The roster of characters on Smash includes the songwriting team (Debra Messing and Christian Borle), the producer (Anjelica Huston), the director/choreographer (Jack Davenport), and the two young women competing to play the Blonde Bombshell (Katharine McPhee and Megan Hilty).
Fine cast, although some of them seem too pleased with themselves, as if they're engaged in a Masterpiece Theatre gem. And the Manhattan flavor in Smash surpasses anything on TV - yes, even Gossip Girl, which, by the way, opened its heavily promoted royal-wedding episode last week with a big Marilyn Monroe musical production number. Great minds . . . .
It's nice to see McPhee getting a showcase for her talent. She kind of dropped off the map after finishing second to Taylor Hicks (oh, the ignominy!) on American Idol in 2006.
Smash spares no expense on the production numbers and tries to make the song-and-dance creations look sexy and suggestive. In fact, they appear distressingly dated, like something out of Damn Yankees. Even the scenes away from rehearsal play rather stagy.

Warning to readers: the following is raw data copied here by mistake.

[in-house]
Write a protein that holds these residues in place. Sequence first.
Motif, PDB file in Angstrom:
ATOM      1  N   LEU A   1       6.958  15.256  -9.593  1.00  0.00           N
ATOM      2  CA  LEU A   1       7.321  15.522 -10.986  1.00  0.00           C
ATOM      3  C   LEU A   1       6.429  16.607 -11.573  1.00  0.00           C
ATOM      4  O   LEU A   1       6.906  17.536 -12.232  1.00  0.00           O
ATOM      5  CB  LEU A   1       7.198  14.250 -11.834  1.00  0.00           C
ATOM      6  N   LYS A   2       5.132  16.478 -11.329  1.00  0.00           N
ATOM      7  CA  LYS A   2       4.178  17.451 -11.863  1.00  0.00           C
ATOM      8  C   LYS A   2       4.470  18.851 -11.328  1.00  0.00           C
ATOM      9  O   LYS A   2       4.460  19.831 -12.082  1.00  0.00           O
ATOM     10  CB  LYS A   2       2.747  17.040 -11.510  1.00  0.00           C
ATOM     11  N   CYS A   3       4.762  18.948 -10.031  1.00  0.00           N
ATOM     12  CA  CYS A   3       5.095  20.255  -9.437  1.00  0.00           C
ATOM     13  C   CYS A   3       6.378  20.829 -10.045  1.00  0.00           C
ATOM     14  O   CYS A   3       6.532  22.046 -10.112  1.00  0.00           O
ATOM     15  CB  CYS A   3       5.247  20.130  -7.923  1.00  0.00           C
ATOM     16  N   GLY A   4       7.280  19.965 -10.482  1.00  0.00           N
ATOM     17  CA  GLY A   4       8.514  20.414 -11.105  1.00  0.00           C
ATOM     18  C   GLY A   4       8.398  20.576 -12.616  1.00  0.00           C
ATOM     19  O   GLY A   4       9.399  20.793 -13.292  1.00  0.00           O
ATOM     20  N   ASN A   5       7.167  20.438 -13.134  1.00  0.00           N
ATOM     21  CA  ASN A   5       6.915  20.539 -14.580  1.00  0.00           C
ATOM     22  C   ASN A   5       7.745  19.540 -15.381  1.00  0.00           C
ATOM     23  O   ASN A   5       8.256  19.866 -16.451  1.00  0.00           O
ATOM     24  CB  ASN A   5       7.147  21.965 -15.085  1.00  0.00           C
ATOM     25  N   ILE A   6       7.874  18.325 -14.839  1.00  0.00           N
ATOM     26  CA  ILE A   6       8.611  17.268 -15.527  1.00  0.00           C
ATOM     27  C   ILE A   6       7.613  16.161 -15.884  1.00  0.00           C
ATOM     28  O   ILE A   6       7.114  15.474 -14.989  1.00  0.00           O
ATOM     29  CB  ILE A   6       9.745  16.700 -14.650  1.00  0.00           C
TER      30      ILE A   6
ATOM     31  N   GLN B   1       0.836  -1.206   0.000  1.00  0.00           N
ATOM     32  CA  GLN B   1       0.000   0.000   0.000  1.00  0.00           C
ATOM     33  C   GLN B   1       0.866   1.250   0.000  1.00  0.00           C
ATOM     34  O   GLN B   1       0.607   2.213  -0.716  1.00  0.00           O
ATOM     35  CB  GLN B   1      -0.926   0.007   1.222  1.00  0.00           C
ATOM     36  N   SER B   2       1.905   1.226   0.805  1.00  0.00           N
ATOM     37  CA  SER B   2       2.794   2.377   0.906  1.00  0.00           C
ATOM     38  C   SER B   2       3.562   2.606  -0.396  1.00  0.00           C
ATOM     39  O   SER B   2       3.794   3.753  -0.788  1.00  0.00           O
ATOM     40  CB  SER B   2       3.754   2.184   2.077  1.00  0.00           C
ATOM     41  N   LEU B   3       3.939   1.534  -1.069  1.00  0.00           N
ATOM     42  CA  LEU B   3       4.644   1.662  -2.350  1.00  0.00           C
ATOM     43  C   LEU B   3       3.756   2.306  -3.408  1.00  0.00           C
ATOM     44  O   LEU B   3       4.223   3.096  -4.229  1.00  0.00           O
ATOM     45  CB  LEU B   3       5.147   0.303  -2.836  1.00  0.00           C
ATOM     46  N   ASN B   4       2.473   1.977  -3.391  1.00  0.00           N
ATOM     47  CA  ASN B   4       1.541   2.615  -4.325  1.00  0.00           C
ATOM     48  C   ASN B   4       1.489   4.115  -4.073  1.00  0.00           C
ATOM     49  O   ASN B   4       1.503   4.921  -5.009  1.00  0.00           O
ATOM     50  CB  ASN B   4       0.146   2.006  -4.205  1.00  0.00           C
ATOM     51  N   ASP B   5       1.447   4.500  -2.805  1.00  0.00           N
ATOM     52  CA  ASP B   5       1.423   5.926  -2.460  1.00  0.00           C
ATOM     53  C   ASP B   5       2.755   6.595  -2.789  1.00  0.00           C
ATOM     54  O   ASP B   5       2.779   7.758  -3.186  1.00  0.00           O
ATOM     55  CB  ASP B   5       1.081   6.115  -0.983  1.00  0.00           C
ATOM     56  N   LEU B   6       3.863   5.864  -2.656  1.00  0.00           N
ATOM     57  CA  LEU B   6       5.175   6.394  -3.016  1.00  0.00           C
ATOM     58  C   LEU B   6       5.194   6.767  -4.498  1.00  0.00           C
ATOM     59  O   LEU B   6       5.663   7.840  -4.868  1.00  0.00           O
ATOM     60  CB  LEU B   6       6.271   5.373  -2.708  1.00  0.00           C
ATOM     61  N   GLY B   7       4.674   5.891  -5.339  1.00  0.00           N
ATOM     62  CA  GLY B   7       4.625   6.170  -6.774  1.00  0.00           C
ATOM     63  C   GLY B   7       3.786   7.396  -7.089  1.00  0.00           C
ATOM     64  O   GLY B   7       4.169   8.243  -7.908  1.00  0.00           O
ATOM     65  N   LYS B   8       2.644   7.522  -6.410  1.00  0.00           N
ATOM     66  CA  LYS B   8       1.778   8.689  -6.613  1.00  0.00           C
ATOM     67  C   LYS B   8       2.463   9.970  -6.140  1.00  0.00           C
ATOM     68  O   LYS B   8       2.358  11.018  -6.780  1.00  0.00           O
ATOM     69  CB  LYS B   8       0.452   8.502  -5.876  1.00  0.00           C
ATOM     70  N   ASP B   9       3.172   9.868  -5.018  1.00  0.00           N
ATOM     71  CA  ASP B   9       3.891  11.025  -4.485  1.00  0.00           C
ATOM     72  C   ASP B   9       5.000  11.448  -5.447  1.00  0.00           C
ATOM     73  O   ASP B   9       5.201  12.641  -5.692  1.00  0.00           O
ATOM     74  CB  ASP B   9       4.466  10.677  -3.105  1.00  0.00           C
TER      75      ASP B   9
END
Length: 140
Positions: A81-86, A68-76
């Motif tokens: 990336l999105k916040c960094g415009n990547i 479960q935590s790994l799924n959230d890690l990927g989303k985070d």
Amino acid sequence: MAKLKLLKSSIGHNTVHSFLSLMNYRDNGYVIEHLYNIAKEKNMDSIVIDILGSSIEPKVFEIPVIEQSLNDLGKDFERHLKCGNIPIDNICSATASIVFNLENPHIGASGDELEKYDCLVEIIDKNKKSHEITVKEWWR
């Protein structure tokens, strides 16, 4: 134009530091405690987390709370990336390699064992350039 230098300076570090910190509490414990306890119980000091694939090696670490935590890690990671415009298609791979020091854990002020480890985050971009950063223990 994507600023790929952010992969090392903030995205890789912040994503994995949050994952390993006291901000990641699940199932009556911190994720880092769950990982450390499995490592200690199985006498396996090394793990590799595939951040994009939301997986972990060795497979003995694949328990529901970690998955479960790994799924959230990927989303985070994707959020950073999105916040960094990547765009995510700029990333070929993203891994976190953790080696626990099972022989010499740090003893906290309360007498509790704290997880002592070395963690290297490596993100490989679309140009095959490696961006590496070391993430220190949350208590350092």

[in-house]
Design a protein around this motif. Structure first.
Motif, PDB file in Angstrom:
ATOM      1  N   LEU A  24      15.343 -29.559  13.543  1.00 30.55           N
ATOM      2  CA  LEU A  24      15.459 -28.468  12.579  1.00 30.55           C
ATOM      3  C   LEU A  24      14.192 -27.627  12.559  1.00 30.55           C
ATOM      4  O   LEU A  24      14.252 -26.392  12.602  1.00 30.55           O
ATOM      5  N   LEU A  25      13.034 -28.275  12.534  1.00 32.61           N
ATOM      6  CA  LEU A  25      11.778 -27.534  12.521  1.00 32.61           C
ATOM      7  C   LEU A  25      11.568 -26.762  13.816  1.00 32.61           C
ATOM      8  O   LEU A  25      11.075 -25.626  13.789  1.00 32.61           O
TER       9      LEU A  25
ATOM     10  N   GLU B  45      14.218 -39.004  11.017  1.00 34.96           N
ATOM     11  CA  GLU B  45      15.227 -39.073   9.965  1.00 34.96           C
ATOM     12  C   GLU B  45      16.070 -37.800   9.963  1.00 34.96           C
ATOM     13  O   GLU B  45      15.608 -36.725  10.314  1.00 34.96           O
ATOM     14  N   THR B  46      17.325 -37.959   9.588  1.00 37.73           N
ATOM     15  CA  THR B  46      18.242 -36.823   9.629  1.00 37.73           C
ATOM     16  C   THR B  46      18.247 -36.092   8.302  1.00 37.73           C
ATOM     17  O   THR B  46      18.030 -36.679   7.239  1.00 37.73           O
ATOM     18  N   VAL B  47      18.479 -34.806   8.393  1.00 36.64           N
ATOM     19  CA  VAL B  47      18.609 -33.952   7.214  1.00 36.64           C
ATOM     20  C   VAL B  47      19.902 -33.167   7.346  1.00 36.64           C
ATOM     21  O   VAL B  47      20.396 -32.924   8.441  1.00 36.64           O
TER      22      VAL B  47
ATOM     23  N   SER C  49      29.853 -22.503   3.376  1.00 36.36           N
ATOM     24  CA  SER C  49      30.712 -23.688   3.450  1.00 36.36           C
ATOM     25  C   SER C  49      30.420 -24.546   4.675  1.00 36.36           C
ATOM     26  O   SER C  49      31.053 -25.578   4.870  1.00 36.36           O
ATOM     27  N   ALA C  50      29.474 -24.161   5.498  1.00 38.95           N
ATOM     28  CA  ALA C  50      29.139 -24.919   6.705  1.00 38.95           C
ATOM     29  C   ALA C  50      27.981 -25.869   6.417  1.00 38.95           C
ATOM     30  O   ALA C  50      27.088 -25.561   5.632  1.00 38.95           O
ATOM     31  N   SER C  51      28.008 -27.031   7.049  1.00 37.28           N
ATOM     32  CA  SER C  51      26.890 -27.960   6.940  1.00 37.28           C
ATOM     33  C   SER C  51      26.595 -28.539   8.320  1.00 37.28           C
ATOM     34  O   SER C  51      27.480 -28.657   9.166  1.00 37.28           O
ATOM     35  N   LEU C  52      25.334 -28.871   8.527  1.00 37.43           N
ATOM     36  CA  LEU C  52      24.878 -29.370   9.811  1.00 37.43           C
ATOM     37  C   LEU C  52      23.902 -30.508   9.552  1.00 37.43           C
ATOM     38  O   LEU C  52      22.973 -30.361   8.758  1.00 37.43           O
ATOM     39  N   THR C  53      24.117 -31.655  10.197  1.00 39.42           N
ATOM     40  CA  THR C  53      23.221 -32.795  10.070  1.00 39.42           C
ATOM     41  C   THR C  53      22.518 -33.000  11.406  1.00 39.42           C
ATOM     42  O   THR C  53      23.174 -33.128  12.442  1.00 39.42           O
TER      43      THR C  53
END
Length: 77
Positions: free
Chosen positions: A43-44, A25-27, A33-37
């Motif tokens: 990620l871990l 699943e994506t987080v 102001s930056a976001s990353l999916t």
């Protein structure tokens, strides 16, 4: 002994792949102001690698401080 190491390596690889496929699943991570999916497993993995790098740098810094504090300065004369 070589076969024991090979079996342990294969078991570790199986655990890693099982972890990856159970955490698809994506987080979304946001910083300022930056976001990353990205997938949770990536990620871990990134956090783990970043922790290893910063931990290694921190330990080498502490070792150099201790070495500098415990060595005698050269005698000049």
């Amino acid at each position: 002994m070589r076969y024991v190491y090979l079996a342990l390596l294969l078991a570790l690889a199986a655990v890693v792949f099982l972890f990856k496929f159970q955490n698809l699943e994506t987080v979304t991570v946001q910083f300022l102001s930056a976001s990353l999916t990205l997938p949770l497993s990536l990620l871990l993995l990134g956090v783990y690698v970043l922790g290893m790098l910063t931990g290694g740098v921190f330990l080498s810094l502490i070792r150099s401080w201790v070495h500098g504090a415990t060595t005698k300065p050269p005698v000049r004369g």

Obviously, Marilyn: The Musical can't be fast-tracked to Broadway, or Smash would be over in a month. There have to be delays and detours and lengthy excursions into the characters' personal lives.
But I warn you that however far astray an episode may go (hello, guest star Nick Jonas), several times an hour you will still experience that sickening sensation you get when you feel a song coming on.
If musical theater gives you goose bumps, congratulations. You just got a front-row seat. If it doesn't enthrall you, Smash will strike you as almost unbearably tedious and pretentious.
Contact television writer David Hiltbrand at 215-854-4552, email@example.com, or @daveondemand_tv on Twitter. Read his blog, "Dave on Demand," at www.philly.com/dod.